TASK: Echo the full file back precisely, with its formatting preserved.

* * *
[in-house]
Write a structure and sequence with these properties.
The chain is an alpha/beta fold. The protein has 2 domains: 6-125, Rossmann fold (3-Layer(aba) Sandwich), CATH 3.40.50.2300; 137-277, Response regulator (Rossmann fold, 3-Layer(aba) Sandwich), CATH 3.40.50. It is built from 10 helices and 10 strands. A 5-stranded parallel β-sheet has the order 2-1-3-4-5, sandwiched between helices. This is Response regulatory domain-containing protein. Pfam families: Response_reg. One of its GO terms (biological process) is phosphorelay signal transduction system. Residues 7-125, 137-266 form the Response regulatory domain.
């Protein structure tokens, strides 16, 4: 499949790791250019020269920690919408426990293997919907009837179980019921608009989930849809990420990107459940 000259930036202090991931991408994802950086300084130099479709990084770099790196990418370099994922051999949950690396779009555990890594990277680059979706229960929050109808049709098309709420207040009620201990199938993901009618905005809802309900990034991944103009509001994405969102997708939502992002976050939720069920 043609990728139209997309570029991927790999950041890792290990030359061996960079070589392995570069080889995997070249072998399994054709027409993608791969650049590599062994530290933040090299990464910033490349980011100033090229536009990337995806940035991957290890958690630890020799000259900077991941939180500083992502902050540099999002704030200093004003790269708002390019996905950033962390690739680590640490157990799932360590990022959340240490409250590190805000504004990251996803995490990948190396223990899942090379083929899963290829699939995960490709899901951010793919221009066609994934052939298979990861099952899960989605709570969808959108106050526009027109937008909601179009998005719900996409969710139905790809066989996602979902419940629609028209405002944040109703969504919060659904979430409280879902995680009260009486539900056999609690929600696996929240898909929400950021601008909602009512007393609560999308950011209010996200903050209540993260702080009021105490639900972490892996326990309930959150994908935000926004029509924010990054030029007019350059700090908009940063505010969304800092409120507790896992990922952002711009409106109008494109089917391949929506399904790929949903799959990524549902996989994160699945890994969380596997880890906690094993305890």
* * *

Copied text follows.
[in-house]
Write a structure and sequence with these properties.
The chain is an alpha/beta fold. The protein has 2 domains: 6-125, Rossmann fold (3-Layer(aba) Sandwich), CATH 3.40.50.2300; 137-277, Response regulator (Rossmann fold, 3-Layer(aba) Sandwich), CATH 3.40.50. It is built from 10 helices and 10 strands. A 5-stranded parallel β-sheet has the order 2-1-3-4-5, sandwiched between helices. This is Response regulatory domain-containing protein. Pfam families: Response_reg. One of its GO terms (biological process) is phosphorelay signal transduction system. Residues 7-125, 137-266 form the Response regulatory domain.
């Protein structure tokens, strides 16, 4: 499949790791250019020269920690919408426990293997919907009837179980019921608009989930849809990420990107459940 000259930036202090991931991408994802950086300084130099479709990084770099790196990418370099994922051999949950690396779009555990890594990277680059979706229960929050109808049709098309709420207040009620201990199938993901009618905005809802309900990034991944103009509001994405969102997708939502992002976050939720069920 043609990728139209997309570029991927790999950041890792290990030359061996960079070589392995570069080889995997070249072998399994054709027409993608791969650049590599062994530290933040090299990464910033490349980011100033090229536009990337995806940035991957290890958690630890020799000259900077991941939180500083992502902050540099999002704030200093004003790269708002390019996905950033962390690739680590640490157990799932360590990022959340240490409250590190805000504004990251996803995490990948190396223990899942090379083929899963290829699939995960490709899901951010793919221009066609994934052939298979990861099952899960989605709570969808959108106050526009027109937008909601179009998005719900996409969710139905790809066989996602979902419940629609028209405002944040109703969504919060659904979430409280879902995680009260009486539900056999609690929600696996929240898909929400950021601008909602009512007393609560999308950011209010996200903050209540993260702080009021105490639900972490892996326990309930959150994908935000926004029509924010990054030029007019350059700090908009940063505010969304800092409120507790896992990922952002711009409106109008494109089917391949929506399904790929949903799959990524549902996989994160699945890994969380596997880890906690094993305890």